The other thing I noticed was the more aggressive marketing of the Creekbend label. Creekbend is Oliver's estate bottled wine, produced from vines located a few miles away. Oliver has said before they seek to extract as much quality as they can from Indiana's soil and put into the bottle with Creekbend. A noble goal, and a great project. Unlike Sky Dog, the results have been mostly excellent and worthy of praise. My only protest are the labels, an example of which is pictured above. The labels for Creekbend depict spearheads that celebrate the type of Indian artifacts often discovered when the fields are plowed. Nice, but another great thing about the main line of Oliver wines are the lovely William Zimmerman labels depicting native birds. I was assuaged somewhat by picking up one the magnets of the bird labels that are available for sale.
Here are the tasting notes:
Creekbend Chardonel ($15.50) Somewhat oily on the tongue, this was pretty hearty for Chardonel. I would not recommend this for sipping, though it might pair nicely with lighter meats.
Creekbend Pinot Grigio ($25.00) Oliver is the only Indiana winery to feature estate grown Pinot Grigio. Could certainly take in the lemongrass and pear the wine the description promises, but it seemed too light, even for a Pinot Grigio.
Pinot Grigio ($12.50) We much preferred this version, made from imported juice. Light body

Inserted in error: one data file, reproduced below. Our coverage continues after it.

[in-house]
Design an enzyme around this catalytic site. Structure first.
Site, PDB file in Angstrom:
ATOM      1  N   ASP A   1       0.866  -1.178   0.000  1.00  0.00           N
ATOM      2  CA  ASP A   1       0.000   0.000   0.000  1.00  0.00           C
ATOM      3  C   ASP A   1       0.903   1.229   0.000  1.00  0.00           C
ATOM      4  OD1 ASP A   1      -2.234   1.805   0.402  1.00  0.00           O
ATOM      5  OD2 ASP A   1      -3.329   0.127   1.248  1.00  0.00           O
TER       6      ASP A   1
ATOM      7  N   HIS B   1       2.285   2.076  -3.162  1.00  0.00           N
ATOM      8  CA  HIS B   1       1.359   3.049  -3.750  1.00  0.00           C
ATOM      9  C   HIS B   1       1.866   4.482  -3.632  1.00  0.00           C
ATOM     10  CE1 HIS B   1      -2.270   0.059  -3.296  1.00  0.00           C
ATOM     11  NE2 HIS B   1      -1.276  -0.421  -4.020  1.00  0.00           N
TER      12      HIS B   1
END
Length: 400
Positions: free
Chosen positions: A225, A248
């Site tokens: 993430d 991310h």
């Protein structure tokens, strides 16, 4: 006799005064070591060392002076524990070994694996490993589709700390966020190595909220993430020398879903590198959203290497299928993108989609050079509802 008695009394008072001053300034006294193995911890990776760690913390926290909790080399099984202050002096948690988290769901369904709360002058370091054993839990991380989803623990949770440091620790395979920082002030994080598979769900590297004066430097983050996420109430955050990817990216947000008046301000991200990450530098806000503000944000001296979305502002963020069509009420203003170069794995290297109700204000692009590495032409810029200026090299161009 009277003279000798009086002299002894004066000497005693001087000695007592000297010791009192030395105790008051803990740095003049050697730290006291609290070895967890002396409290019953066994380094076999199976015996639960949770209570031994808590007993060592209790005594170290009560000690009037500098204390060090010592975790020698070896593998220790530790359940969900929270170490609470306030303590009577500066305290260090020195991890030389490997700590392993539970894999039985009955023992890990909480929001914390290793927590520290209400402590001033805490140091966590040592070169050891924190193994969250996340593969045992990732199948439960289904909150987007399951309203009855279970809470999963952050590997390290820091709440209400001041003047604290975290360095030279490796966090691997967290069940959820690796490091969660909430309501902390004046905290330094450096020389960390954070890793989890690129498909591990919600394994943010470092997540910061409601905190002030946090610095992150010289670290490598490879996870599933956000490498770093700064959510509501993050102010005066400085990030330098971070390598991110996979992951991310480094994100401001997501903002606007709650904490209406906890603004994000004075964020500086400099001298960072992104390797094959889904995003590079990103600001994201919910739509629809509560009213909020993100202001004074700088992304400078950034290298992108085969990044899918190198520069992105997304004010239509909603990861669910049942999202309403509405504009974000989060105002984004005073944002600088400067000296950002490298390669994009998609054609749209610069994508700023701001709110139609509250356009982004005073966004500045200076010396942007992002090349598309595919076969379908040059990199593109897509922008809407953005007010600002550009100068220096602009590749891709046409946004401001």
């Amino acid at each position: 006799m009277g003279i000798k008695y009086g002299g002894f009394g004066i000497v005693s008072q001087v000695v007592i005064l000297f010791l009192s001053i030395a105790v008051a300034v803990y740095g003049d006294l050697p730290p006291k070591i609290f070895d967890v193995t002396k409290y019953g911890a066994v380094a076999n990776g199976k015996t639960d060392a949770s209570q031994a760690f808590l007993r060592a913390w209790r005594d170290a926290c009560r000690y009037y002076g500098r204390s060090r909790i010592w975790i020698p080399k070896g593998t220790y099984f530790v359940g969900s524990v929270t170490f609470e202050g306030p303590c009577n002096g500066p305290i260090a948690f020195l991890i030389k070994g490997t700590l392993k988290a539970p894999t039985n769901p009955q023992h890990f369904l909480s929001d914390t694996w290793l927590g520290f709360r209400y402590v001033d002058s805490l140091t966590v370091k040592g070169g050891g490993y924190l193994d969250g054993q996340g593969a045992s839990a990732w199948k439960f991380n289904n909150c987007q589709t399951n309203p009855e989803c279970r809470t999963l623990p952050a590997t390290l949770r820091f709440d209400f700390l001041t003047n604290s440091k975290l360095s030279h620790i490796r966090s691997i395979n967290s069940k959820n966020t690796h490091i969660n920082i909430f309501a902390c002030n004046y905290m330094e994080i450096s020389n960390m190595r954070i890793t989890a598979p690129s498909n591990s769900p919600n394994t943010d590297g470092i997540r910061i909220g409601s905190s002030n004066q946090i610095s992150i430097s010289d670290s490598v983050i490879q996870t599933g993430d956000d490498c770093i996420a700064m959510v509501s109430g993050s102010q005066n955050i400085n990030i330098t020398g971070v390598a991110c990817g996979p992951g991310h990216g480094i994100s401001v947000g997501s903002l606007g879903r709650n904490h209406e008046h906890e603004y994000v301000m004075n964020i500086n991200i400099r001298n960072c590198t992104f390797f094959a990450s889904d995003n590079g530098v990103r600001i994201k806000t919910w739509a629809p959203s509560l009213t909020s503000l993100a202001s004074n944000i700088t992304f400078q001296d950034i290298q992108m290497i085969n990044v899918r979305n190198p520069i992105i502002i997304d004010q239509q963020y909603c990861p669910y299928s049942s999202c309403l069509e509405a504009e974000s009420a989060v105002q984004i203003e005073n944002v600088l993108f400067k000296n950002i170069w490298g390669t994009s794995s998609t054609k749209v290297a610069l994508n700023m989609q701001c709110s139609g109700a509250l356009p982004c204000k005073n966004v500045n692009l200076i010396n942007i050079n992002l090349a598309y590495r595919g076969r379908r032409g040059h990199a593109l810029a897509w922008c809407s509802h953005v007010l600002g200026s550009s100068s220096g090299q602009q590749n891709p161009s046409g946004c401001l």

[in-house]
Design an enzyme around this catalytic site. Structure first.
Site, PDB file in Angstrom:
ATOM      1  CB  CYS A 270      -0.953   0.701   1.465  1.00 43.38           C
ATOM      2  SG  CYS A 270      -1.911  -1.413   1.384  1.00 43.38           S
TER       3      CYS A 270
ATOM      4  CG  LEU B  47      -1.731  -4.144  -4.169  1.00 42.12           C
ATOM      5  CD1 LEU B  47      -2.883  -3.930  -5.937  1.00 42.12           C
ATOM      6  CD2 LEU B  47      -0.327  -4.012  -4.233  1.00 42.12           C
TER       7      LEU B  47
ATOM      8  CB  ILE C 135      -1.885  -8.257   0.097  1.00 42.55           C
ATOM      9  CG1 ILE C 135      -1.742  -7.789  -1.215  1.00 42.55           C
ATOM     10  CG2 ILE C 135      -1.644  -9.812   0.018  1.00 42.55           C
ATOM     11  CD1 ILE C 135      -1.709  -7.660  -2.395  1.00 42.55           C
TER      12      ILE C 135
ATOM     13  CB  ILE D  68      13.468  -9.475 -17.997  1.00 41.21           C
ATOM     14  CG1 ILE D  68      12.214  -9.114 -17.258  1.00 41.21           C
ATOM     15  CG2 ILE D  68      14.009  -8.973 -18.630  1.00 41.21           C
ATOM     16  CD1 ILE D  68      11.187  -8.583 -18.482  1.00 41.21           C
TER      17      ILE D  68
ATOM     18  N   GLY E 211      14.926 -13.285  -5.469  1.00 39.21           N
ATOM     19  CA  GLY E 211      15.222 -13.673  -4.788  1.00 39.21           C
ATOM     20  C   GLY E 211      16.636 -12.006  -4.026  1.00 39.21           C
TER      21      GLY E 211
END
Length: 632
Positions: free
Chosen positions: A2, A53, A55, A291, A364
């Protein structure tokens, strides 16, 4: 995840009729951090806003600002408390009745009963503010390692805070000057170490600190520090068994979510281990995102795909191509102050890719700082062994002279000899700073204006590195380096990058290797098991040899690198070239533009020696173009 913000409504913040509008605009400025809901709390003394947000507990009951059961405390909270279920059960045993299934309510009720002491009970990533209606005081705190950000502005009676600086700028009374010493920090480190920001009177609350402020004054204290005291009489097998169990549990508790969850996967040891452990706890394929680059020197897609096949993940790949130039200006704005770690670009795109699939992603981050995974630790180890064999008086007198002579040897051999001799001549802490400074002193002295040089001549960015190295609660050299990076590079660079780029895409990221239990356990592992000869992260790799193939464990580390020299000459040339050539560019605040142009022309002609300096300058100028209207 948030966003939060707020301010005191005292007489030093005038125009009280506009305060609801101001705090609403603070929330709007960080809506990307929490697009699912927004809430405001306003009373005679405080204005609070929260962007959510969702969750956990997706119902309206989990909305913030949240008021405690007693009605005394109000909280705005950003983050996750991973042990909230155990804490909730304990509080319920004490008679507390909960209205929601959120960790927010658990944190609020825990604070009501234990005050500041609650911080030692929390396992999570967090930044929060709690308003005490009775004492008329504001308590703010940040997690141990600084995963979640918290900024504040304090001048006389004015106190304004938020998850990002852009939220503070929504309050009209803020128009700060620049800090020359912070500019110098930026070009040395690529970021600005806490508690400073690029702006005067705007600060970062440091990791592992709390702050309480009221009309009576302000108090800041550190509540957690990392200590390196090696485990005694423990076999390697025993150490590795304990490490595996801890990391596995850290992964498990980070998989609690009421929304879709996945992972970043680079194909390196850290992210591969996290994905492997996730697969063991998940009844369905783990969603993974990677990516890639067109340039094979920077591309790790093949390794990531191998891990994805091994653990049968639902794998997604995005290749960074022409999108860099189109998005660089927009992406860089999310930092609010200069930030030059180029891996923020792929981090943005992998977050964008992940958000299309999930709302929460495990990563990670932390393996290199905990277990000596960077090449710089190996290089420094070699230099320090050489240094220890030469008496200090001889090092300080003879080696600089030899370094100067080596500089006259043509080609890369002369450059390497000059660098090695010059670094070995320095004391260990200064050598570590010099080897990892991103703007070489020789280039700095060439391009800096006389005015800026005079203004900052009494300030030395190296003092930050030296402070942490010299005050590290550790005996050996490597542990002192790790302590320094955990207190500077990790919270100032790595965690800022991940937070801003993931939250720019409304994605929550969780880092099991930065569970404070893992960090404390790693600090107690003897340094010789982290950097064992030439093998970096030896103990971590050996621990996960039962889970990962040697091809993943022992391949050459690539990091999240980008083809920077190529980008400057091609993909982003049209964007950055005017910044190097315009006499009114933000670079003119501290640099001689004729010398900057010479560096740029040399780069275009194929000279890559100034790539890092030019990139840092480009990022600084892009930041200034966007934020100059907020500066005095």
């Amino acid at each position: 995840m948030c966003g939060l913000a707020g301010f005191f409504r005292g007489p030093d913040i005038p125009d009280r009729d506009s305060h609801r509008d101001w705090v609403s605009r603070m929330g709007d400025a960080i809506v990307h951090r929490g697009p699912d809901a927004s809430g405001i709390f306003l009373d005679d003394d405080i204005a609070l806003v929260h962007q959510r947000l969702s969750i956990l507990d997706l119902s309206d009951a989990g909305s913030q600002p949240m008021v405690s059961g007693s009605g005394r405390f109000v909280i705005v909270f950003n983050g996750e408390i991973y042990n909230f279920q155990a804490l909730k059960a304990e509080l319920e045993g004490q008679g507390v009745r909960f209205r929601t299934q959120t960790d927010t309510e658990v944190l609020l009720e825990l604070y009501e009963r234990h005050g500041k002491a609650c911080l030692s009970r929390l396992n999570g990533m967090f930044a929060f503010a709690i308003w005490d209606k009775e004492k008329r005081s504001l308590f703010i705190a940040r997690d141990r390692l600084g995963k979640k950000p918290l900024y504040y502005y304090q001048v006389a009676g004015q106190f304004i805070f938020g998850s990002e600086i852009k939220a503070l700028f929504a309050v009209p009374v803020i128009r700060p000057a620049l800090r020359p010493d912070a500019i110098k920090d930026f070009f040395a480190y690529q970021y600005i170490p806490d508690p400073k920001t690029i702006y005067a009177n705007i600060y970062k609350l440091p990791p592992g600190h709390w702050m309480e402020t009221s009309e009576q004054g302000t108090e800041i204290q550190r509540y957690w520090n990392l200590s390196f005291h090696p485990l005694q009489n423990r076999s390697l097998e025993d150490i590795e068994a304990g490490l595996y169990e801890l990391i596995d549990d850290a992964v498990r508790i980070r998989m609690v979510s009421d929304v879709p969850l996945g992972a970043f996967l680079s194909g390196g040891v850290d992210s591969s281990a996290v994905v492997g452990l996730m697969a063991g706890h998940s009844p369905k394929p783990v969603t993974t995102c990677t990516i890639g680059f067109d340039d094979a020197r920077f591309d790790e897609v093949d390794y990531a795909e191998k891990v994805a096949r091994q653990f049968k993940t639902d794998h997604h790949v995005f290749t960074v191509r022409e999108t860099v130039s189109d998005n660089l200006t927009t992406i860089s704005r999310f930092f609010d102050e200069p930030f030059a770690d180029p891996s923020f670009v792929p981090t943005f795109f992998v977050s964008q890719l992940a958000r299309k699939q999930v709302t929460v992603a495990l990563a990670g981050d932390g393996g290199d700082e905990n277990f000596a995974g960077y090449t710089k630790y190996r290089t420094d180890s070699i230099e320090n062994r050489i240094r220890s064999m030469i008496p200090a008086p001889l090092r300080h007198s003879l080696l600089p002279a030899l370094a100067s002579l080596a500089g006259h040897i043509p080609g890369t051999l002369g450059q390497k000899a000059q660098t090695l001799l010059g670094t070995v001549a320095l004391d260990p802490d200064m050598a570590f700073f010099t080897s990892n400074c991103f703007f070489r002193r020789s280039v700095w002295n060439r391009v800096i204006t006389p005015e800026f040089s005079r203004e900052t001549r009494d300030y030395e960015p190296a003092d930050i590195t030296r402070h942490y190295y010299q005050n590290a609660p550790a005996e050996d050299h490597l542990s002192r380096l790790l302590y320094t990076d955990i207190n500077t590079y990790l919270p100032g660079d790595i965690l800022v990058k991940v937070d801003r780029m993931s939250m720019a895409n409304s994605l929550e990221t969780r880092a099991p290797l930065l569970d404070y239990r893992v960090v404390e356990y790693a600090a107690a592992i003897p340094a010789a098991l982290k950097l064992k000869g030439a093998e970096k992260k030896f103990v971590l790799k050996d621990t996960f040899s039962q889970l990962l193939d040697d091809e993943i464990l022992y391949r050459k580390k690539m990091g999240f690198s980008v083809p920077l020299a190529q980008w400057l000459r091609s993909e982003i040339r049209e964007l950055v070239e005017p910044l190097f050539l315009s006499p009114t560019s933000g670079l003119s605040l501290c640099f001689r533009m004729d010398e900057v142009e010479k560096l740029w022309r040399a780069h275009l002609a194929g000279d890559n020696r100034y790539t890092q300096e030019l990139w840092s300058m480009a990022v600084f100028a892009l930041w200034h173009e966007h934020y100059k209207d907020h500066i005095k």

with a little more underpinnings than the Creekbend version. Good note of pears.
Creekbend Valvin Muscat ($25.00) Great sweet perfume bouquet. Though it smells very sweet, it is actually quite dry, with an excellent finish. My favorite of the Creekbend wines I tasted.
Sauvignon Blanc ($12.50) Lorraine kept asking us to smell the gooseberries, though it has been so long since any of have smelled gooseberries we have forgotten what they smell like. The lemongrass we were also asked to notice was evident, and was actually one of the most pronounced lemongrass bouquets I have noticed in a wine. It reminded me of my days working in a candle shop. Another excellent light white.
Shiraz Reserve ($18.00) Aged for 30 months, you won't find many Indiana wines with this much age. The age shows, lots of character and mouthfeel in this wine. The wonderful earthy flavor that Shiraz develops over time was evident in this bottle. Excellent value.
Creekbend Vignoles ($18.00) Lots of apricot and melon flavors, with a nice touch of sweetness.
Creekbend Catawba ($12.00) I have had this before, but I decided to try it again because of my previous post about this wine. In that post, I questioned the price and whether any Catawba is worth this much money.
I will say, I have tasted a lot of Catawbas. This is best one I have tasted, and head and shoulders above most of them to boot. I still question whether any Catawba is worth $12, but if you enjoy this varietal, or sweet wines in general, it would be a worthwhile.